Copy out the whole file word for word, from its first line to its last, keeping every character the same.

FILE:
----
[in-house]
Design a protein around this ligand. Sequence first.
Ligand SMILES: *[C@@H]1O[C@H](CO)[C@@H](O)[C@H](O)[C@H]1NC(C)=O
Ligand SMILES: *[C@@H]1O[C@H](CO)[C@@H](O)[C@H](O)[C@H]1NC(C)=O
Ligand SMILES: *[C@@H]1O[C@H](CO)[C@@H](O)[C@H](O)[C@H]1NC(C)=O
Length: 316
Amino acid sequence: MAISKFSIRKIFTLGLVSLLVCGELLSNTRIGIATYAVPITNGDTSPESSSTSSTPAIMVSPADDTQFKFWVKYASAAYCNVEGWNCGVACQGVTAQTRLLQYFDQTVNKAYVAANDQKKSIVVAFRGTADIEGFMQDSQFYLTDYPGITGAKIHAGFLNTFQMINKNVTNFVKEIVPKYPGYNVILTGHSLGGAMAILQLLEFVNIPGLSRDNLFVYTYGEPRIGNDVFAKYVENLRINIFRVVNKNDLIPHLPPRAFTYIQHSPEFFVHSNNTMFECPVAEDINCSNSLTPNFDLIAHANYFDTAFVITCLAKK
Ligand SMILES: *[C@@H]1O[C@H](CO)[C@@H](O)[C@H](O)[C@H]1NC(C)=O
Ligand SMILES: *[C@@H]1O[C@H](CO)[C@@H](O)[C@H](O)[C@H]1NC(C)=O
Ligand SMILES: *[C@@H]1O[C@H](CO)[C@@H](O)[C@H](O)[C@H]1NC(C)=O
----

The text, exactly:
[in-house]
Design a protein around this ligand. Sequence first.
Ligand SMILES: *[C@@H]1O[C@H](CO)[C@@H](O)[C@H](O)[C@H]1NC(C)=O
Ligand SMILES: *[C@@H]1O[C@H](CO)[C@@H](O)[C@H](O)[C@H]1NC(C)=O
Ligand SMILES: *[C@@H]1O[C@H](CO)[C@@H](O)[C@H](O)[C@H]1NC(C)=O
Length: 316
Amino acid sequence: MAISKFSIRKIFTLGLVSLLVCGELLSNTRIGIATYAVPITNGDTSPESSSTSSTPAIMVSPADDTQFKFWVKYASAAYCNVEGWNCGVACQGVTAQTRLLQYFDQTVNKAYVAANDQKKSIVVAFRGTADIEGFMQDSQFYLTDYPGITGAKIHAGFLNTFQMINKNVTNFVKEIVPKYPGYNVILTGHSLGGAMAILQLLEFVNIPGLSRDNLFVYTYGEPRIGNDVFAKYVENLRINIFRVVNKNDLIPHLPPRAFTYIQHSPEFFVHSNNTMFECPVAEDINCSNSLTPNFDLIAHANYFDTAFVITCLAKK
Ligand SMILES: *[C@@H]1O[C@H](CO)[C@@H](O)[C@H](O)[C@H]1NC(C)=O
Ligand SMILES: *[C@@H]1O[C@H](CO)[C@@H](O)[C@H](O)[C@H]1NC(C)=O
Ligand SMILES: *[C@@H]1O[C@H](CO)[C@@H](O)[C@H](O)[C@H]1NC(C)=O